Whether in Cookies or Cars: Buyer Beware

I just opened a pack of Girl Scout cookies. The Samoas (chocolate caramel and coconut. To me, one of the basic food groups) are the size that LifeSavers used to be. (And LifeSavers are the size of Jujubes.) They are part of the incredible shrinking packaged goods phenomenon. Like frog not jumping out of slowly increasing water temperature until they're being boiled -- the stuff we buy has been shrinking, shrinking, shrinking over the years. The more companies tell consumers they love us; the more they show us that they don't. Some say that modern retail is really a "war to con consumers."

Yes, the Girl Scouts are hardly alone.

The Consumerist reports that just in the past couple months, we've lost count and content in many of our most popular brands: turkey, toilet paper, detergent, pasta sauce, yogurt and peanut butter -- a few examples from a long and growing list.

This downsizing is so common that it now has a name: "The Grocery Shrink Ray." When grocery companies need to boost margins, they have a binary choice: higher cost, or less product. With a country still a little unsteady from the financial system's new-death experience, less product -- especially when it goes unnoticed -- is the prudent choice.

Manufacturers have their talking points down cold. It's all about the rising cost of materials and ingredients. Funny thing though, inflation has been low for years. And when there is inflation, prices have a way of rising well ahead of manufacturing costs. And -- once shrunk -- no matter what happens in the economy, products never seem to go back to their former size, even though the price eventually goes up.

The most amusing part of this is how manufacturers try to divert attention from the shrinking.

According to the Consumerists consumer watchdogs: Last month, Del Monte Pasta Sauce proudly introduced redesigned cans with the pronouncement -- "New look, same great taste." The hope is that consumers will be so dazzled by the new tomato art on the label that they will overlook the fact that there is two and a half fewer ounces in the can.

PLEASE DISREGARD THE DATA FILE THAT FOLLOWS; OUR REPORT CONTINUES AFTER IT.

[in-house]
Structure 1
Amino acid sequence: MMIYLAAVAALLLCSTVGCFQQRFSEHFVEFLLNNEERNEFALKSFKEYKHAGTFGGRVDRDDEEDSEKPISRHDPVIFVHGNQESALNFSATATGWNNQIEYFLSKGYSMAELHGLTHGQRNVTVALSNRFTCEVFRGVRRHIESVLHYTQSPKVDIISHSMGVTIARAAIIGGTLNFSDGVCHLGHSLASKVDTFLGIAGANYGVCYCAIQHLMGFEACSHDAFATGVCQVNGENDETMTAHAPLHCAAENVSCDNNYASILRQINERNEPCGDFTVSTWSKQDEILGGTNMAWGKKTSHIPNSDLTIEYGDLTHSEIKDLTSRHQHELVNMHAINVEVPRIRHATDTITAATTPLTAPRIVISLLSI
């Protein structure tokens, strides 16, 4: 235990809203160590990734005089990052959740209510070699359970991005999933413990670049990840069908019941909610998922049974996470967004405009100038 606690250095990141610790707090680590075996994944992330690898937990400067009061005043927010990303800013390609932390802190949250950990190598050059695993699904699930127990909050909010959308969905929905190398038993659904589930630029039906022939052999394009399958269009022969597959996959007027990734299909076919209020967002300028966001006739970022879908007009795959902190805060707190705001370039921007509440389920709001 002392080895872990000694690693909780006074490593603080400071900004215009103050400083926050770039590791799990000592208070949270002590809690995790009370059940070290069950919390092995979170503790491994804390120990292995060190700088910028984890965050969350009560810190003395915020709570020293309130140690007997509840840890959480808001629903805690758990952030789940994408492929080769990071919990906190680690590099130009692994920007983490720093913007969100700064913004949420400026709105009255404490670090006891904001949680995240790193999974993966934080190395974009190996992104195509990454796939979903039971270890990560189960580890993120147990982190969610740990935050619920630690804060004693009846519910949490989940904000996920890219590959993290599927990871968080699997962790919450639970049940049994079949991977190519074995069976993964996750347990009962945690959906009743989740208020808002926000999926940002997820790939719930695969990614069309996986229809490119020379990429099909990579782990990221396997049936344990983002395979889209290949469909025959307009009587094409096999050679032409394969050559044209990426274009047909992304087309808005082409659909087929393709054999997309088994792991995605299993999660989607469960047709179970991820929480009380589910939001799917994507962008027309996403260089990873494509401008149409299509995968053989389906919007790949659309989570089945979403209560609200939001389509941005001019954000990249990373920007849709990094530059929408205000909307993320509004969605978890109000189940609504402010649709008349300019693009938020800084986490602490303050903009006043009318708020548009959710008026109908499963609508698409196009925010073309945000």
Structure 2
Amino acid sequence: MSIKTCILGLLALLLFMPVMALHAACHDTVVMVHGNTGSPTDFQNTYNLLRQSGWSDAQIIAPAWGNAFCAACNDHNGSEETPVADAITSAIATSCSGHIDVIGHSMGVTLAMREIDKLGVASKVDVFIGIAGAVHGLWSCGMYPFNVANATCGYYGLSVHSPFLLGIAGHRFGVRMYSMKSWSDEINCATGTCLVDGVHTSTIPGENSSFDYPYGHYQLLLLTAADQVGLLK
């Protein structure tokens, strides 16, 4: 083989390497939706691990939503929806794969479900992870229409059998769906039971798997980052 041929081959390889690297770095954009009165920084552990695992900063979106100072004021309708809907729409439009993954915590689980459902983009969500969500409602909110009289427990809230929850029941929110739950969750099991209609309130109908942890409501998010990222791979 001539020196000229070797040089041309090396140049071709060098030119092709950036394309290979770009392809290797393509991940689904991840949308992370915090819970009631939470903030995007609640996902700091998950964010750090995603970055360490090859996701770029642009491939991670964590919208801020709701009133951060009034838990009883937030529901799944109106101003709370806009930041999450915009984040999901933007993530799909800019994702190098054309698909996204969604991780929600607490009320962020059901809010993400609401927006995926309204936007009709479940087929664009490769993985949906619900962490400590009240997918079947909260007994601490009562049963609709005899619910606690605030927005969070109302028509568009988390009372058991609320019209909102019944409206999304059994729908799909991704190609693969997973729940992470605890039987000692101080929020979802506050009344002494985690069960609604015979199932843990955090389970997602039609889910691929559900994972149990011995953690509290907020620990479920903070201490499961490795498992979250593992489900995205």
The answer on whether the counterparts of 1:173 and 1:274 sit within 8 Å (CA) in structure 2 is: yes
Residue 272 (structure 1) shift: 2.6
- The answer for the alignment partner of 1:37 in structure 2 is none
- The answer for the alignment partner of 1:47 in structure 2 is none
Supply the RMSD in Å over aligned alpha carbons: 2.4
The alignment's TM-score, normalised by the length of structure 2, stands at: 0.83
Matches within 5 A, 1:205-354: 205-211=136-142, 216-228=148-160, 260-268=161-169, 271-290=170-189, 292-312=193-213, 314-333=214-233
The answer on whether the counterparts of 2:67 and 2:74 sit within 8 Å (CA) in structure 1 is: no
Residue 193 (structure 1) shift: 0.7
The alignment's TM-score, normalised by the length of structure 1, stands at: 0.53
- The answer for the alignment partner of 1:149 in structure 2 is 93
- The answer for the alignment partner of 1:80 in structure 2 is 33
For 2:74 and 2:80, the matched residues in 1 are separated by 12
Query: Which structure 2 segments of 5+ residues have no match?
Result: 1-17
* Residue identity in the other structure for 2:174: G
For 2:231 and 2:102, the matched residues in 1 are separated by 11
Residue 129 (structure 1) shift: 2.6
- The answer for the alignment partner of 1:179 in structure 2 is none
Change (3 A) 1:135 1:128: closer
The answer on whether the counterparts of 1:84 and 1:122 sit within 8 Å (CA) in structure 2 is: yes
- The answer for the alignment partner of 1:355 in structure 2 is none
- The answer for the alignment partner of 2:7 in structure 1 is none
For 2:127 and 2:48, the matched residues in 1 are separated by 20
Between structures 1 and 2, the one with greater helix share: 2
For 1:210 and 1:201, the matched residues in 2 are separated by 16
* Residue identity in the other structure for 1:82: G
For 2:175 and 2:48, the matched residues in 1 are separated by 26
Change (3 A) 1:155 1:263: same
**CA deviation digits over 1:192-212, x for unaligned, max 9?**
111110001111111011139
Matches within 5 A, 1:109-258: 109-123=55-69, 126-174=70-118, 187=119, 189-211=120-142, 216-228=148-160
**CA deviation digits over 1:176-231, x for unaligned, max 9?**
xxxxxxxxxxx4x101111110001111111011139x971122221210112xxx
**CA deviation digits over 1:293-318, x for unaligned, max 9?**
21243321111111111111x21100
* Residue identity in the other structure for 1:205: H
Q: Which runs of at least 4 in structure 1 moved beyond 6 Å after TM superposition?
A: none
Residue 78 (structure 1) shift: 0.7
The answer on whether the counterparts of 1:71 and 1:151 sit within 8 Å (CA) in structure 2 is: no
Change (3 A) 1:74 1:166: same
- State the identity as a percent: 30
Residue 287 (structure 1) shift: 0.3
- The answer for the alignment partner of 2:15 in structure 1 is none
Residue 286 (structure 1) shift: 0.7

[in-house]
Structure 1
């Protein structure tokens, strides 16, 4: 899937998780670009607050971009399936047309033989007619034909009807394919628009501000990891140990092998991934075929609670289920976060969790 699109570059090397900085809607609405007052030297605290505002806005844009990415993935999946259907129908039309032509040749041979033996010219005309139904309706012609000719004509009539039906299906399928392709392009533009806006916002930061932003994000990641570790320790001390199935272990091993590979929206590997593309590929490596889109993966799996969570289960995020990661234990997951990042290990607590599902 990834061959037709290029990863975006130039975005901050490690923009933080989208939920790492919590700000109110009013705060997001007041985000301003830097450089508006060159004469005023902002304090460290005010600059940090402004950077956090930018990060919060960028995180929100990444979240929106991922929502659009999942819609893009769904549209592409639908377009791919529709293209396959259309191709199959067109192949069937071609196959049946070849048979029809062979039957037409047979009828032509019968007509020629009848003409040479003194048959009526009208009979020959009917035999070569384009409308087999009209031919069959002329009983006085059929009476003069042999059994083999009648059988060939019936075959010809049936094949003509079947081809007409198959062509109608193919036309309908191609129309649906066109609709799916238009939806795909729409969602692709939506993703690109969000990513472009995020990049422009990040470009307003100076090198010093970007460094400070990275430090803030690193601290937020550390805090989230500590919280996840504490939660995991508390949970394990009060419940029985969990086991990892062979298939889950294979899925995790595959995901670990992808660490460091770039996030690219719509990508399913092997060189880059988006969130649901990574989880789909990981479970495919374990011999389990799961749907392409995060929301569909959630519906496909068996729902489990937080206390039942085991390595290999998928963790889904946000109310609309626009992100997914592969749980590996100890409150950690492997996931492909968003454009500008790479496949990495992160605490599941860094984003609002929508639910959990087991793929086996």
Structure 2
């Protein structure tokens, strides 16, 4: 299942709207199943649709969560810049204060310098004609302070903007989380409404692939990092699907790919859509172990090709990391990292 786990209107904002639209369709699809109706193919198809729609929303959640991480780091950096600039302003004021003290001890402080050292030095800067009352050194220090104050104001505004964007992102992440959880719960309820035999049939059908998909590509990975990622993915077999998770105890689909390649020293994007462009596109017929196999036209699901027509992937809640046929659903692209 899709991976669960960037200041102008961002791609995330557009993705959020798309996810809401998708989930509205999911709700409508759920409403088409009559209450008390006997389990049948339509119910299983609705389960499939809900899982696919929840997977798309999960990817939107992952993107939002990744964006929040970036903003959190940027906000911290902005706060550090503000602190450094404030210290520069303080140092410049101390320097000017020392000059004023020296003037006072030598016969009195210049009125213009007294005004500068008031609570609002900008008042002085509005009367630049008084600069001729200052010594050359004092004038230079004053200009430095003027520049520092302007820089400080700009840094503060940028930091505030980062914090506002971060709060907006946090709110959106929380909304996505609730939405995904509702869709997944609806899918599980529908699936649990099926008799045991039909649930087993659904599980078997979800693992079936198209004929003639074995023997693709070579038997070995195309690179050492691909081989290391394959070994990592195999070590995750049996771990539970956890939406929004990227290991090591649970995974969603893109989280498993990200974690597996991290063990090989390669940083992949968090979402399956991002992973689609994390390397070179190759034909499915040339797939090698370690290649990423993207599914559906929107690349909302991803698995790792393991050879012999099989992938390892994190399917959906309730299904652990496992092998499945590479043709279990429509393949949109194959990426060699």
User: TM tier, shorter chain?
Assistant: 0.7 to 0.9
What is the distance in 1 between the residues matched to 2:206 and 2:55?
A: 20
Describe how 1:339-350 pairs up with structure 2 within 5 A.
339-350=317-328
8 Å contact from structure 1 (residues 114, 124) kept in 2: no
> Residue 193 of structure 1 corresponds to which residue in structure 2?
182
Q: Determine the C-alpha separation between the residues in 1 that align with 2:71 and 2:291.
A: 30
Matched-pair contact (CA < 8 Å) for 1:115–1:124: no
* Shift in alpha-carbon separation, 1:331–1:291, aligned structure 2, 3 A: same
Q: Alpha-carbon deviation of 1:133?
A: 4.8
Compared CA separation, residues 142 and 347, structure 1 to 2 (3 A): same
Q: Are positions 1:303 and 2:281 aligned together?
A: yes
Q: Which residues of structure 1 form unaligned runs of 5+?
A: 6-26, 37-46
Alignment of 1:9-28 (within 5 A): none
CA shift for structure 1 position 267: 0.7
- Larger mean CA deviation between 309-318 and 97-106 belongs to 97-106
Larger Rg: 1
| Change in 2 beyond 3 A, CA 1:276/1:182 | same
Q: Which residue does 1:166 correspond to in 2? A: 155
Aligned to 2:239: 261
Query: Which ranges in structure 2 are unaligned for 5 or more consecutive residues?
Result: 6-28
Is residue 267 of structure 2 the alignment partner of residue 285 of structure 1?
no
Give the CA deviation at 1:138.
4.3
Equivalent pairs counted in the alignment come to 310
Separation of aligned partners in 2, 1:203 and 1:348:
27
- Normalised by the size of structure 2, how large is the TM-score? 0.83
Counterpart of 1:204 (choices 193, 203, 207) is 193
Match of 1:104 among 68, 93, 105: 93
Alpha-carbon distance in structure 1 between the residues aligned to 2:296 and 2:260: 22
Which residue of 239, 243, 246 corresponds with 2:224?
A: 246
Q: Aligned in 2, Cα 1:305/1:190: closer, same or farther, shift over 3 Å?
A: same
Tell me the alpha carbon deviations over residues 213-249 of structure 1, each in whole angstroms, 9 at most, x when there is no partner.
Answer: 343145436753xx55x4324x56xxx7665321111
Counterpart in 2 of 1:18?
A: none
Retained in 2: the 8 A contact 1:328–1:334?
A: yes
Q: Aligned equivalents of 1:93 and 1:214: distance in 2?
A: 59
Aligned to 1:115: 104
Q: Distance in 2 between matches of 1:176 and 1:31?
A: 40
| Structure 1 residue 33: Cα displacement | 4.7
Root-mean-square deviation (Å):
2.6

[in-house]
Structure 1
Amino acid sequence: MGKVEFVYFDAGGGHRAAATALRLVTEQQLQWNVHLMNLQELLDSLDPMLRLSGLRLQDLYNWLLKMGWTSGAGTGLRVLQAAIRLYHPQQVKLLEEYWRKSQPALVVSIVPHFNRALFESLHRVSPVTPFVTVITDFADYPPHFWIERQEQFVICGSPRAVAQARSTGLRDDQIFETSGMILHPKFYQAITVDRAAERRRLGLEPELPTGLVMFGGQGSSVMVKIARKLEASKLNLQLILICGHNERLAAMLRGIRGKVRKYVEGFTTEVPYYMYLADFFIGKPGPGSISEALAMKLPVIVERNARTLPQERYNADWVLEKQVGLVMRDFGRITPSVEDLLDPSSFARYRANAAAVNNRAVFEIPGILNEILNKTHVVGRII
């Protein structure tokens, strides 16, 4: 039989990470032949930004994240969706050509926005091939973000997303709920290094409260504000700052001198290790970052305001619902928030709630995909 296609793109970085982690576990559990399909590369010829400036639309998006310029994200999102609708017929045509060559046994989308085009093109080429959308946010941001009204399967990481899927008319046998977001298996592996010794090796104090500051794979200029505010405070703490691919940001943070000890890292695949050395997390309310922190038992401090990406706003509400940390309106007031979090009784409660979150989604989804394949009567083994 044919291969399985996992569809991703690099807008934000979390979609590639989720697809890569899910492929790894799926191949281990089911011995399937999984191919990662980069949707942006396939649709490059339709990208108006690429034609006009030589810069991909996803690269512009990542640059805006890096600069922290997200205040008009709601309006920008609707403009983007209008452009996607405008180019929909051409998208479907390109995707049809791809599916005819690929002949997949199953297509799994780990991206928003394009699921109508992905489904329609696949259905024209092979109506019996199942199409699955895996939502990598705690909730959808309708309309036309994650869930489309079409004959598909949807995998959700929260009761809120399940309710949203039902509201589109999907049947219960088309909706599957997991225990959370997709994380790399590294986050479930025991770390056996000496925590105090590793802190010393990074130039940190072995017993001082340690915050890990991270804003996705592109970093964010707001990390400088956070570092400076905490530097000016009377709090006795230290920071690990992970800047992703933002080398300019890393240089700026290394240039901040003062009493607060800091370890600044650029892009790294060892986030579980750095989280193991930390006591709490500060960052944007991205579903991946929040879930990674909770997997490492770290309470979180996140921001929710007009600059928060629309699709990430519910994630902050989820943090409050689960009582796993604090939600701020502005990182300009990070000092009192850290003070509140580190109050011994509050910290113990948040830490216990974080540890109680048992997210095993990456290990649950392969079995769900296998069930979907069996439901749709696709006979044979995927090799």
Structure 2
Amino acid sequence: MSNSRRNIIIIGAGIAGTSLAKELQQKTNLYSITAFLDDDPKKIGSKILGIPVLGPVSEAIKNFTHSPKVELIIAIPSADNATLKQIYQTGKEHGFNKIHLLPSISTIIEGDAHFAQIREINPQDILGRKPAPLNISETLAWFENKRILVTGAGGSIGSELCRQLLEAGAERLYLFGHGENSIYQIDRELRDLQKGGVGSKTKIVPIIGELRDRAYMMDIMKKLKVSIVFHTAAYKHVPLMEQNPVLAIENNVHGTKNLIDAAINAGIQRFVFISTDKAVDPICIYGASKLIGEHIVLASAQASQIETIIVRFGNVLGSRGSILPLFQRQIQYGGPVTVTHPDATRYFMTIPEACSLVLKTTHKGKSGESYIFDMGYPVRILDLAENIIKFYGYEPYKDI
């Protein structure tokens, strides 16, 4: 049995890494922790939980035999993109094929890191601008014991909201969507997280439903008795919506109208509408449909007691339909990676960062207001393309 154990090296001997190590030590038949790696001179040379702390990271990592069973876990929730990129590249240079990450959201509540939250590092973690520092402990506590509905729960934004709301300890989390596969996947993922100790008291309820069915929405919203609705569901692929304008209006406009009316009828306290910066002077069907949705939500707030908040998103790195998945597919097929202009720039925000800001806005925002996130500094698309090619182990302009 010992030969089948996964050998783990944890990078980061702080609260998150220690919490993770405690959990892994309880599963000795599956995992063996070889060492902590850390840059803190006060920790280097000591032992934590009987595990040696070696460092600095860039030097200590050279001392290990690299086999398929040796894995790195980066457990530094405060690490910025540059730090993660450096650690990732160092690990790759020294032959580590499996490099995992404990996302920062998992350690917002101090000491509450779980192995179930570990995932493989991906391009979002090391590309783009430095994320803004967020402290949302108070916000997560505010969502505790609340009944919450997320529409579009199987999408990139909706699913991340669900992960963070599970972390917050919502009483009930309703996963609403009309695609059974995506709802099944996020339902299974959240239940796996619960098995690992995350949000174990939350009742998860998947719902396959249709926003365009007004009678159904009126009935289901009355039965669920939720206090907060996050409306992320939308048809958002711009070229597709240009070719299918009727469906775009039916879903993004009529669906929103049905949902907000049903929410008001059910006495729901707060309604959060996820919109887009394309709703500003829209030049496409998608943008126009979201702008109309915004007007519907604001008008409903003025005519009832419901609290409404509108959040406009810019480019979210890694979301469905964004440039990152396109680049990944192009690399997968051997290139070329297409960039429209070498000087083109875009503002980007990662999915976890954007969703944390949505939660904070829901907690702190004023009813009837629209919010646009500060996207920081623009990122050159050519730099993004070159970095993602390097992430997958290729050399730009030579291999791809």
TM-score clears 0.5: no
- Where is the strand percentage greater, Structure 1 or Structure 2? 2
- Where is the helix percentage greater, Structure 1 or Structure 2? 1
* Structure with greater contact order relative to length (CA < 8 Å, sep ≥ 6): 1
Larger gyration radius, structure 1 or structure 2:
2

Kellogg's Crunchy Nut last year pulled off an exceptional store-shelf sleight of hand. They made the box taller, but also skinnier, taking out about one bowl worth of cereal in the process.

These are strange times in the world of consumer products. Pick up any marketing text, and you'll find that "consumer loyalty" is passé. The standard today is consumer advocacy -- a brand love so strong that you use social media to share it. Conversely -- the texts warn -- let them down, and their disappointment will spread like digital wildfire.

So why are companies doing things like changing labels to hide decreases in content? There are economic realities, I know. But I can also paraphrase an old adage: "You can fool some of the people all of the time and all of the people some of the time -- and that is usually good enough."

Putting profit ahead of people has recently taken on darker dimensions. Toyota just paid a $1.2 billion fine for hiding an accelerator defect that spawned hundreds of suits over injury and death -- including a horrific crash that killed a state trooper and his family. Does the total $5 billion in fines, settlements and penalties hurt? Apparently not, according to U.S. Attorney Preet Bharara, "Toyota was positively jubilant about the results, noting in an internal email that it had saved '$100 billion plus in unnecessary costs.'"

Now comes General Motors, and 12 deaths -- so far -- known to be caused by an ignition problem the Company knew about 11 years ago and, according to charges, hid in a massive cover-up. A Center for Auto Safety study found evidence that 300 people died when, related to the ignition problem, airbags failed to deploy.

We can talk about the age of the consumer. We can talk about the quest for brand love. We can listen to the warm voice of an announcer telling us they're on our side. But the reality in a profit-driven economy is the same as when miraculous tonics were sold from the backs of wagons. Whether in cookies or cars: caveat emptor.